In my blog of 25 September ‘Defending journalism in Turkey’ I described the interview I gave with Ugur Güç, TGS president, on an evening news programme on IMC TV. We discussed the increasing number of prosecutions against journalists and during the interview presenter Banu Güven, mentioned that their television station had been threatened with closure. Within two weeks the station had been taken off air, their equipment seized and the journalists and other media and support workers joined the growing numbers of unemployed, reported on the EFJ web site at 2,500 – see http://europeanjournalists.org/blog/2016/10/24/turkey-107-journalists-in-prison-and-2500-others-left-unemployed/ of 24 October. Recently I received an eye witness account of the raid leading up to the closure of IMC TV which is reproduced below:
I was in Sarajevo for my last meeting as a member of the EFJ steering committee (board) and the Federation’s general meeting held between 24 – 27 April. Having served three three yearly terms over the past 12 years, I was longer eligible to stand for the steering committee.
Sarajevo is best known for three events. The first is the assassination of the Archduke Franz Ferdinand, heir to the Austro-Hungarian throne and his wife on 28th June 1914, which led to the outbreak of the First World War. The second is that it was the venue for the winter Olympic Games in 1984. The third and more recent is the siege of the city for 1,425 days between 5 April 1992 and 29 February 1996, during the civil war in the former republic of Yugoslavia. Sarajevo, the capital of Bosnia and Herzegovina, was encircled by the army of Republika Srpska and by the time the siege was raised a total of 13,952 people had been killed including 5,434 civilians. It had lasted a year longer than the siege of Leningrad. A year later a report by the Council of Europe’s Committee on Culture and Education commented:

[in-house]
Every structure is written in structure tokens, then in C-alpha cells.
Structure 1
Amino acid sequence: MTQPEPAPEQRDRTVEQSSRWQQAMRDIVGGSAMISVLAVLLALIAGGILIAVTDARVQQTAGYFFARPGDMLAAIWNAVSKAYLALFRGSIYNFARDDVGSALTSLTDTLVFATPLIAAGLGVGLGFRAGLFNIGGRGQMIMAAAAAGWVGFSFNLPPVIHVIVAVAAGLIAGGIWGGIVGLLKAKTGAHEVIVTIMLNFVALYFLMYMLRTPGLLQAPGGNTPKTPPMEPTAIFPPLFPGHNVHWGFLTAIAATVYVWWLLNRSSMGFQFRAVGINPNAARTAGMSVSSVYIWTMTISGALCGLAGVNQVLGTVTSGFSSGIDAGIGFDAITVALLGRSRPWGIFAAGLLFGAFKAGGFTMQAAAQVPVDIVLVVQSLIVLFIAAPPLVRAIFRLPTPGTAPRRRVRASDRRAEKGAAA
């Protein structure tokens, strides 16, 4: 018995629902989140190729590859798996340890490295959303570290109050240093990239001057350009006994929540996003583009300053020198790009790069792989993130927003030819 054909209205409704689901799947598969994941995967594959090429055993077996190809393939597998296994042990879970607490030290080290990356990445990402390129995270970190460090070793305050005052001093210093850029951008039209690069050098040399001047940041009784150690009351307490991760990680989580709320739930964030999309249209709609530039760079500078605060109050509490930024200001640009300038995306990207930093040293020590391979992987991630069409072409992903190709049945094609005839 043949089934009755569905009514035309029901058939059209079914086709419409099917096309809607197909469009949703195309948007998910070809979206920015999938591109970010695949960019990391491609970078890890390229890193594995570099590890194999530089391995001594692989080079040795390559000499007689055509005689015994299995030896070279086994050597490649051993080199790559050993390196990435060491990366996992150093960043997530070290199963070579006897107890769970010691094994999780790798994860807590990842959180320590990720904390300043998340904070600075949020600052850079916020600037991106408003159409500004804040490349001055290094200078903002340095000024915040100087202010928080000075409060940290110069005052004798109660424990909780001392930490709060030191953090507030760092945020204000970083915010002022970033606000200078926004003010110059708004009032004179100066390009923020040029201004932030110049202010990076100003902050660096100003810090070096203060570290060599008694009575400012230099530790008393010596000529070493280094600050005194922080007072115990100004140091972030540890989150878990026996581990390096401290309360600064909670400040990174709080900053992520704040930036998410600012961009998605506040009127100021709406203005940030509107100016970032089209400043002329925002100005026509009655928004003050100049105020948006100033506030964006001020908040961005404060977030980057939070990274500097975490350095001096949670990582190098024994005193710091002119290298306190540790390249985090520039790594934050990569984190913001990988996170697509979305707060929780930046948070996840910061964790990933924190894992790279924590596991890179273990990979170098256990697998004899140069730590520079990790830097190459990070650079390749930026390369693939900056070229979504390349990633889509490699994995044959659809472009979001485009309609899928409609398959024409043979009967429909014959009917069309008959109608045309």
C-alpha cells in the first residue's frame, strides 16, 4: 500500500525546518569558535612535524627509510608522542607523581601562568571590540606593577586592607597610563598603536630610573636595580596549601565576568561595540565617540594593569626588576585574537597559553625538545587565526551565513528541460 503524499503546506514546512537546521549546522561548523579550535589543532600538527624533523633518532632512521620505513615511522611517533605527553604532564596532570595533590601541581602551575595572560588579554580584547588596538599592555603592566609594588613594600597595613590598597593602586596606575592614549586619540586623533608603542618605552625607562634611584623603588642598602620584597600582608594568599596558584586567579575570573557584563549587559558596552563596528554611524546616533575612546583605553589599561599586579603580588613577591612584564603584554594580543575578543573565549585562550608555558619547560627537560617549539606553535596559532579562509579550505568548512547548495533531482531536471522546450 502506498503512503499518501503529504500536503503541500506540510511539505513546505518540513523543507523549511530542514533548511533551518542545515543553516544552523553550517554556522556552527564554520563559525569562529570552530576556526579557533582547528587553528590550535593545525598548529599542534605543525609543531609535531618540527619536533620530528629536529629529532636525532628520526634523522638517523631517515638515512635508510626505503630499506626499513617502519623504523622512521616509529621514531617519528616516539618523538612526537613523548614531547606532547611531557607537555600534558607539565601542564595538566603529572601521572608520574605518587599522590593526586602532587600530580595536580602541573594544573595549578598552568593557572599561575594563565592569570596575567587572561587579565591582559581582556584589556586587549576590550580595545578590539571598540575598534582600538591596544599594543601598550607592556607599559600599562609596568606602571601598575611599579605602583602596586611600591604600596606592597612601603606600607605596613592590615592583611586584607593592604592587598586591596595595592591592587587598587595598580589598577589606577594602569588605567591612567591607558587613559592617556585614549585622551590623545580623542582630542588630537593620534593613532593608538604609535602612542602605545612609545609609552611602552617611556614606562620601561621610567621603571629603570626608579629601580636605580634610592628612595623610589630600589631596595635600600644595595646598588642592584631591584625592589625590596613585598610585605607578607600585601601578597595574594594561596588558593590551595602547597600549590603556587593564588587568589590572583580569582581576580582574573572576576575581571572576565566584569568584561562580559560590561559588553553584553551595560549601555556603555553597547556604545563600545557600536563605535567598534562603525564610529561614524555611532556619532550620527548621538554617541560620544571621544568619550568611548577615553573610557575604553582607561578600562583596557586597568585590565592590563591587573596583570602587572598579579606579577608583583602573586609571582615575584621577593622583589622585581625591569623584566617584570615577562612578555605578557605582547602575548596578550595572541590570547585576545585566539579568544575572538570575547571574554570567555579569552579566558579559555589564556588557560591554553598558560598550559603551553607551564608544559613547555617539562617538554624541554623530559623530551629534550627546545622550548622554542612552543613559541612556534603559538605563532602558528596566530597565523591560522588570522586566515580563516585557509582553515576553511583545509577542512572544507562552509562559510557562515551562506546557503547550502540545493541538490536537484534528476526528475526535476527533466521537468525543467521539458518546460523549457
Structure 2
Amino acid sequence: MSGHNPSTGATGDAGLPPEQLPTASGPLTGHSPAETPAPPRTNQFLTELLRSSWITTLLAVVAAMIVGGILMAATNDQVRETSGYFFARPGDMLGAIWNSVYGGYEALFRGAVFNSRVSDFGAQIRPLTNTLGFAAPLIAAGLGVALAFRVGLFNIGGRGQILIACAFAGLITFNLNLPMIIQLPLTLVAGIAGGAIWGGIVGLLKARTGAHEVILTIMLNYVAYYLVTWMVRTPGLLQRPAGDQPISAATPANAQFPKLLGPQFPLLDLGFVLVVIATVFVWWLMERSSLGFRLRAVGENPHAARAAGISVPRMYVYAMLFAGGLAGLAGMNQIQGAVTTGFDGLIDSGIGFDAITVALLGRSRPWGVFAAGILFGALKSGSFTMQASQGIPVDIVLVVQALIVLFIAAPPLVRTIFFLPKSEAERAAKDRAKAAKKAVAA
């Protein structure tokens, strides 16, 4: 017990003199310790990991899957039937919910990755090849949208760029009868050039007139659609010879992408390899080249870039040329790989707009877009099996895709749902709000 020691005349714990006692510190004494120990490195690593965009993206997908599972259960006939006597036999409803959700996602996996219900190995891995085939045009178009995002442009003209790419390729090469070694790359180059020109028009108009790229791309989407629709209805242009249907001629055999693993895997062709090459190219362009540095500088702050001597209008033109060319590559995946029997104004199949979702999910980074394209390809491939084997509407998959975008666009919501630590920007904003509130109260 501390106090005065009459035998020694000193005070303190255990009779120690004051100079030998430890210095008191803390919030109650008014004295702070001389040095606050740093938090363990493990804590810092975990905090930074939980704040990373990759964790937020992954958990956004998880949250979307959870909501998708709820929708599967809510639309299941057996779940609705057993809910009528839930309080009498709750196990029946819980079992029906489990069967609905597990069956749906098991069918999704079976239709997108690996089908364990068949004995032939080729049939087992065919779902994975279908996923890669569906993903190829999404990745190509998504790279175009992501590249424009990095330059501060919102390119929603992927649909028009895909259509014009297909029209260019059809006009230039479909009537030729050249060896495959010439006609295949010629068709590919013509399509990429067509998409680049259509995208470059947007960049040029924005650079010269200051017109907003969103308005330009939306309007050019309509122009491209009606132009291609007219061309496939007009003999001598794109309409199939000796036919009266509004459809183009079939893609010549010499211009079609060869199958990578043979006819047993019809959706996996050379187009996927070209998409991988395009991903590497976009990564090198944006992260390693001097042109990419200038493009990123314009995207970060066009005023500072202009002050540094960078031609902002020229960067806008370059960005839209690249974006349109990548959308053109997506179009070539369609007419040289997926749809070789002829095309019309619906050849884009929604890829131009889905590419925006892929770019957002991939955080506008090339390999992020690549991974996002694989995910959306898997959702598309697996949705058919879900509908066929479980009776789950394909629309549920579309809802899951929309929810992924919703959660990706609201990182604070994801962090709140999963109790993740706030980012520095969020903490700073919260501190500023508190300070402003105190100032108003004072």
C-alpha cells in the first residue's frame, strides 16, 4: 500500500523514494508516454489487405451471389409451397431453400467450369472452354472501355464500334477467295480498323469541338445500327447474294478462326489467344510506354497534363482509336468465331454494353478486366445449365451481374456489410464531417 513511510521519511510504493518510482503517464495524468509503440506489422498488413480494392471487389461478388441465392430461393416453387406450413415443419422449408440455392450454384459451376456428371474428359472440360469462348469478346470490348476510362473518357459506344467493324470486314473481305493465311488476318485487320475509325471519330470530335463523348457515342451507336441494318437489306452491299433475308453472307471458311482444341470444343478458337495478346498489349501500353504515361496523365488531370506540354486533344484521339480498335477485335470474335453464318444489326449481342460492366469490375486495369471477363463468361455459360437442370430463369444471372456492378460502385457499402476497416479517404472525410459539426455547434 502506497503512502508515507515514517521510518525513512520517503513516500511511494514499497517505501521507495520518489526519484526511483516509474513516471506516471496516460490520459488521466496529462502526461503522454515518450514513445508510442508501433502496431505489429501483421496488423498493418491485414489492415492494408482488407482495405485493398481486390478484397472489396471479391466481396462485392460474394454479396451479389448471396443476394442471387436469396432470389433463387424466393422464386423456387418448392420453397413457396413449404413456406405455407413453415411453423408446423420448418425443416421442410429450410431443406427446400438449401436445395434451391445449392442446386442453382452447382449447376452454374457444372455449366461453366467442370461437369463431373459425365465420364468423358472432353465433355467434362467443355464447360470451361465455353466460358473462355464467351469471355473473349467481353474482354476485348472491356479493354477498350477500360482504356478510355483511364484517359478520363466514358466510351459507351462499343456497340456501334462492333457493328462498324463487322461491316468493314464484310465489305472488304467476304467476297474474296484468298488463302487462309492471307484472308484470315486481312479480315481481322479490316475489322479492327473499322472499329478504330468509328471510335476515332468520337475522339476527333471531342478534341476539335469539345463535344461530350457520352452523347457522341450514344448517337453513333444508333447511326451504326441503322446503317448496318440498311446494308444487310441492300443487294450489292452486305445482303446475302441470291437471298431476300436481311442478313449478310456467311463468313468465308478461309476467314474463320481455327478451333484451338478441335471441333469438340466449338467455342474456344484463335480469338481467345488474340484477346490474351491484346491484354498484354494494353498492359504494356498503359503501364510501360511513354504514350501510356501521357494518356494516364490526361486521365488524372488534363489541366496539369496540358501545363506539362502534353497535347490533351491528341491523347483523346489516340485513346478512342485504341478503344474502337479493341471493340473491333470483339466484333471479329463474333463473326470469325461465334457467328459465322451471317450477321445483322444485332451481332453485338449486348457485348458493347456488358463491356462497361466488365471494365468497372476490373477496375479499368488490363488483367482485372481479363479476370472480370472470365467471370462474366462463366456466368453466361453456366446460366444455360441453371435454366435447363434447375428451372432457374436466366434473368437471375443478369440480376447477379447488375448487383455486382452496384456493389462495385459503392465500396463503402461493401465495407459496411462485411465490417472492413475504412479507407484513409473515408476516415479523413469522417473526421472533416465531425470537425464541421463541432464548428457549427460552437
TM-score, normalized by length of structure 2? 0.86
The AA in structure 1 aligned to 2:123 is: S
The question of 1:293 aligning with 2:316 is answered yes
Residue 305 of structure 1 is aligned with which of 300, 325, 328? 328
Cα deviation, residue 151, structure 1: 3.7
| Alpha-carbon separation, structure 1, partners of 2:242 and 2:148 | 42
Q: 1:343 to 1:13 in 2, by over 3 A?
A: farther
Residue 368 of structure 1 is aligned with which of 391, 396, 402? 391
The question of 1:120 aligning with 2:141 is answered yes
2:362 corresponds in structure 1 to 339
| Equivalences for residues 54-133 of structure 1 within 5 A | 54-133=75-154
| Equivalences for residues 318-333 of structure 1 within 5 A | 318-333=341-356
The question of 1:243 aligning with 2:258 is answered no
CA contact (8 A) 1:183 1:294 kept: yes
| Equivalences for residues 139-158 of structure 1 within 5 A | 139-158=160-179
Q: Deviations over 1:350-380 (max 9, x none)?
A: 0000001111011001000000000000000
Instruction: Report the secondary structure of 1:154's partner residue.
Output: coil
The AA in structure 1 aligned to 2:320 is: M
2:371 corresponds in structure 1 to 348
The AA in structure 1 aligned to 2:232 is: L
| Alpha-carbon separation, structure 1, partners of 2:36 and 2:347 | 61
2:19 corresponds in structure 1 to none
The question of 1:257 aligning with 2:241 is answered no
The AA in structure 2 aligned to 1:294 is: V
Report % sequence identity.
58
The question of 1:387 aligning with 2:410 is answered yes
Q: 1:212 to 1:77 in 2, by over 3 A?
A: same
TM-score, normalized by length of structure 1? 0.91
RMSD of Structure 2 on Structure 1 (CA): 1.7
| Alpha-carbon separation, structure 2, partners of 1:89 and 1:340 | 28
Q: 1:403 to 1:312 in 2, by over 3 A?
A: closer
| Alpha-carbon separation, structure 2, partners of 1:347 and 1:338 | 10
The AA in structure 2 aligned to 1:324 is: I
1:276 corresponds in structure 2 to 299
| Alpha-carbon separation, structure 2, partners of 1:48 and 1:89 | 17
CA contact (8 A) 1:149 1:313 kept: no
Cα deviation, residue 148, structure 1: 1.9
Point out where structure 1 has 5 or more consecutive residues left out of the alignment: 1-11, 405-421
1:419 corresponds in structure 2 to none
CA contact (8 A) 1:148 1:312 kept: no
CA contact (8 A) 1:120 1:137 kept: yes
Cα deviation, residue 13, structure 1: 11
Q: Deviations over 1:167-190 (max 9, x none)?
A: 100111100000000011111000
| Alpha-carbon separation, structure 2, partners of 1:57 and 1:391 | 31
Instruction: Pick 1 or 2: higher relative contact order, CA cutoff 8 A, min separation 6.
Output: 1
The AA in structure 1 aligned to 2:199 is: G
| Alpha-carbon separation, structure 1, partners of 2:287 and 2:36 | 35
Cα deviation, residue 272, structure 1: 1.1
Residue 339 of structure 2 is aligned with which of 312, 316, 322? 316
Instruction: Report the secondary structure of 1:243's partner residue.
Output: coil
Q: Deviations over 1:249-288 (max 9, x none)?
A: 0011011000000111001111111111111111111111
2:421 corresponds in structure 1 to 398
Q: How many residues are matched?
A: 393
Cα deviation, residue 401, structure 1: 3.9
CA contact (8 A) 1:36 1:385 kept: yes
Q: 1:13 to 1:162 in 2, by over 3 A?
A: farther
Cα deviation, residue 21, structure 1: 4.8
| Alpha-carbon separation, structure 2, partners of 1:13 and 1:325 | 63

On 14 April, eleven days after the Panama Papers confirmed the central role of journalists and whistle-blowers in revealing illegal or unethical business practices, the European Parliament approved rules to protect corporate trade secrets that could seriously hinder future revelations. Although the purpose of the Trade Secrets Directive is to protect firms within the EU from corporate espionage by foreign rivals, on closer examination many feel that business could use the law to prosecute journalists and whistle-blowers for exposing corporate bad behavior.